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Quiet places.

When Theodore Roosevelt was 25, he was summoned home on February 13, 1884. At three the next morning, his mother died. Thirteen hours later and one floor downstairs, his wife died in his arms just one day after giving birth to their baby.

A grief-stricken Roosevelt buried the two women, baptized and found care for his infant daughter, and completed the major responsibility on his calendar--serving as a delegate to the 1884 Republican convention.

As soon as the convention adjourned, he trained westward to North Dakota, climbed on a horse, and spent five days enveloped in prairie solitude. In the vastness of the Dakota Badlands, young Roosevelt found enough relief to return to civilization feeling, he said, "as absolutely free as any man can feel."

Fortunately, few of us suffer the deaths of two loved ones in a single day. But we have our own days of grief and depression amid the relentless stress of 20th-century life. Some find solace in vigorous exercise or hobbies as a balm for nerves frayed by life in a complex society. Others fail to handle the traffic and noise and gravitate toward crime, drugs, or other antisocial behavior.

Millions of Americans, however, find themselves, like Theodore Roosevelt, drawn to the quiet restorative powers of nature. Unable to clear their calendar and trek to a distant wilderness, they do the next best thing--find a patch of woods near home or office. It may be a small urban park or something as simple as a vacant lot overlooked by developers. There they spend a few moments or hours leaning against the trunks, sitting on stumps, staring at a brook or perhaps the sea, or lying prostrate cradled in prairie grasses.

"Wherever I've lived, I've always had a special patch of woods to visit when I needed to," says one New Jerseyite. "Even when I can't get out of the house, I've discovered that I can partly draw one of my blinds and block off all signs of people, leaving me a view of trees. It's soothing."

In my job as director of Iowa's Indian Creek Nature Center, I manage a 140-acre natural area that includes a few patches of prairie, an upland oak forest, and a cottonwoody creekbottom. The trails that wind through it are trod by many of the 107,000 residents of nearby Cedar Rapids.

Over the past decade, I have noticed a pattern in those who frequent the nature center. A young woman I encountered one day last spring typifies the new users. While I was walking one lunch break, I spotted her propped against a box elder overlooking the creek. A clipboard was perched on her knees. When I greeted her and asked if she was going college class work, she replied, "No, my fiance is in the Army in Korea, and I feel close to him here, so I visit this spot to write him letters."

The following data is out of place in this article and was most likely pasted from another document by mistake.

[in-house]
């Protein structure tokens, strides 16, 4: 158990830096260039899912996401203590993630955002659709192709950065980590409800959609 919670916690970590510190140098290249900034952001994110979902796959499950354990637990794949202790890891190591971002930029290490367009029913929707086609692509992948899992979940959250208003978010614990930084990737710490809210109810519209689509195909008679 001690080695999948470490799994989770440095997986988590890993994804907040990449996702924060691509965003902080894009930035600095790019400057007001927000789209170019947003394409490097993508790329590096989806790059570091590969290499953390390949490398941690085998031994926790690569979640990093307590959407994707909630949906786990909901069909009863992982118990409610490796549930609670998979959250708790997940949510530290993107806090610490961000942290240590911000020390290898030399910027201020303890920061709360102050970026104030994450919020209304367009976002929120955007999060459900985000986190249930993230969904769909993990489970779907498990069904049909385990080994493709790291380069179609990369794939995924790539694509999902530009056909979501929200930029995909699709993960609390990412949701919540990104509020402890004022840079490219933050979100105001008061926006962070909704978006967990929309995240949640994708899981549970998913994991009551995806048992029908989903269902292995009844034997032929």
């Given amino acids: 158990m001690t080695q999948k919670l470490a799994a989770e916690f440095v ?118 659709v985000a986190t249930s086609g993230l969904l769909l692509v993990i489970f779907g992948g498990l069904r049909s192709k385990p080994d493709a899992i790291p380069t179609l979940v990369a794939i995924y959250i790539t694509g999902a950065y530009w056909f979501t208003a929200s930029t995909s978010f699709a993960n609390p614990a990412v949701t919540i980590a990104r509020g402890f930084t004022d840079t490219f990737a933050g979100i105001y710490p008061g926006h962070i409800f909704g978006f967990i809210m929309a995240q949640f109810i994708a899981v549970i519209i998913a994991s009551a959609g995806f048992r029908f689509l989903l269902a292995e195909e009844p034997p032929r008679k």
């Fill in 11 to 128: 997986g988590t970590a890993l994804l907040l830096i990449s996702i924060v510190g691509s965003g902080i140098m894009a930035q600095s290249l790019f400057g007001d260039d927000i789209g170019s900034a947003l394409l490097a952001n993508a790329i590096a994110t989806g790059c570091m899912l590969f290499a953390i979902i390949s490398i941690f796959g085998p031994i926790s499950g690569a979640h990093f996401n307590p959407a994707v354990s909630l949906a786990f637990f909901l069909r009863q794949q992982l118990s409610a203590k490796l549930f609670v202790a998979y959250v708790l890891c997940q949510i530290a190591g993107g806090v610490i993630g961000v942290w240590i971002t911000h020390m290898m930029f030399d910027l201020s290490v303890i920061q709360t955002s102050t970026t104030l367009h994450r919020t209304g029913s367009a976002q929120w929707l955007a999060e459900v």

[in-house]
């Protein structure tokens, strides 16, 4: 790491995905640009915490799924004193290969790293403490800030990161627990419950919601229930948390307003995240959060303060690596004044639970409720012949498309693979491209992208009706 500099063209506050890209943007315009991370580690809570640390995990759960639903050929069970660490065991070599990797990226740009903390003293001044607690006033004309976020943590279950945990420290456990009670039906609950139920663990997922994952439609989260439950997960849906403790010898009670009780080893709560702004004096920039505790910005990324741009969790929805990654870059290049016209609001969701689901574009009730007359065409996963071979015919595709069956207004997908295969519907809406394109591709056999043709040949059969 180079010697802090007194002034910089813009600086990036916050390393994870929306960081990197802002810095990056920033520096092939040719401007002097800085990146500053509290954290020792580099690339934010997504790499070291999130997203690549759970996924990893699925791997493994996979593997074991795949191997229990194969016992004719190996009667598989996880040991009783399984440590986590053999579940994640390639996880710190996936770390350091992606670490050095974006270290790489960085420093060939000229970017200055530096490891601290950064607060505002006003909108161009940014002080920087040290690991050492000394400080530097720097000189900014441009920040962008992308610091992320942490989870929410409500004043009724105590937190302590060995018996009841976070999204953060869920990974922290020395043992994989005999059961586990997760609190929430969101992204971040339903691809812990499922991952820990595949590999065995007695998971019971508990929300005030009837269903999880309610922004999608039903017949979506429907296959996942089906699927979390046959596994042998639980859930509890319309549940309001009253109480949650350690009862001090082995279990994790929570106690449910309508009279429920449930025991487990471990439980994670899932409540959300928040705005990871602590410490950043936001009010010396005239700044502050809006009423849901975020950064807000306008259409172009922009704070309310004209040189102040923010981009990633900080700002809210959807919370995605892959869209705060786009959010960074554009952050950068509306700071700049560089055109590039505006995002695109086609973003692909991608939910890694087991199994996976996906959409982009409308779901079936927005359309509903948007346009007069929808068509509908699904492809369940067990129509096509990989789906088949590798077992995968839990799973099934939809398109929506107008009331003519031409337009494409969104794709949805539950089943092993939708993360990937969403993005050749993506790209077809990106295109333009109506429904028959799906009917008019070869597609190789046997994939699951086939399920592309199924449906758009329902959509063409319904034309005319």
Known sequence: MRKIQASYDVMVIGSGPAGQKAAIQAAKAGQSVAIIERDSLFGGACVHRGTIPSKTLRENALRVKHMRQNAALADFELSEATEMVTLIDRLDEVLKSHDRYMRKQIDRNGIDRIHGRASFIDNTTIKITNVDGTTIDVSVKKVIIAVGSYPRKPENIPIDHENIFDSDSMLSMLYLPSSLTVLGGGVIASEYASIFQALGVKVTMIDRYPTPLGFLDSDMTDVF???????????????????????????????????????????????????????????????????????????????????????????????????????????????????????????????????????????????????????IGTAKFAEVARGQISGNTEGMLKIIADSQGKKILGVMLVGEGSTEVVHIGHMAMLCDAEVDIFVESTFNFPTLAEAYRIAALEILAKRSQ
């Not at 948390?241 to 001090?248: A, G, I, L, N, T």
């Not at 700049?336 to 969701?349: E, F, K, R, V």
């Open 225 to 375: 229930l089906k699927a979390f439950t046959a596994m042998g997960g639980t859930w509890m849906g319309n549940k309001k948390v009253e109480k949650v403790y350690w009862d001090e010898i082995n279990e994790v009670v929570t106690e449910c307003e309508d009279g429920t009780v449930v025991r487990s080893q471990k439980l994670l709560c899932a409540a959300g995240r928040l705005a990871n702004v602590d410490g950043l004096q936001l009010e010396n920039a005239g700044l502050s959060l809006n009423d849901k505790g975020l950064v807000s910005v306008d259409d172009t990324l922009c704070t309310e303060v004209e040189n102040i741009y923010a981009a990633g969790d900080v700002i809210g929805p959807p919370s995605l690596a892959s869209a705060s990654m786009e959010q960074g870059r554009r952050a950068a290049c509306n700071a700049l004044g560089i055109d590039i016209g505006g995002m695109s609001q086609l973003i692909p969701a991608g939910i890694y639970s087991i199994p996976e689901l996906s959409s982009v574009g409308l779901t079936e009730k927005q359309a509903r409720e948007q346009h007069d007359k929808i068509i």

A conservatively dressed businessman I met walking a trail at noon said, "You know, I bought a cellular phone to keep in touch with my business contacts and family, but I've learned that there are times I don't want to be in touch. The phone stole the privacy I once enjoyed in my car. Now, when I want to get away from the world, I come here and walk."

Stump sitters, I call them, and they are attracted to the woods by a vague force. Some write. Others read. Most think, but all seek at the least solitude and inspiration.

Reverend Jeremy Brigham is a frequent stump sitter. "I like the woods because it reminds me of my congregation," he says. "Like people, some trees are round. Others are skinny. Some are prickly, and some look soft. When I was a young minister in Cincinnati, it would depress me when a member of my congregation died. But one day I sat in a patch of woods near the city, and I could see that a tree might die, but the forest lived on. It's just the same with people in my congregation."

Municipalities float bond issues to build all sorts of facilities for recreation from swimming pools to softball diamonds, and businesses construct indoor tennis courts, skating rinks, and golf courses. All cater to people seeking escape. But we have yet to recognize fully and with enough foresight that woodlands fulfill the same need.

Few organizations or governments make an effort to protect these small sanctuaries. Partly it's because stump sitters are hard to count. They're out there, but scattered and hidden. No license is required, and by nature stump sitters shun company. They create no crowds to count, are rarely photographed for the newspapers, and are all but unknown to city fathers, land managers, and recreation decisionmakers.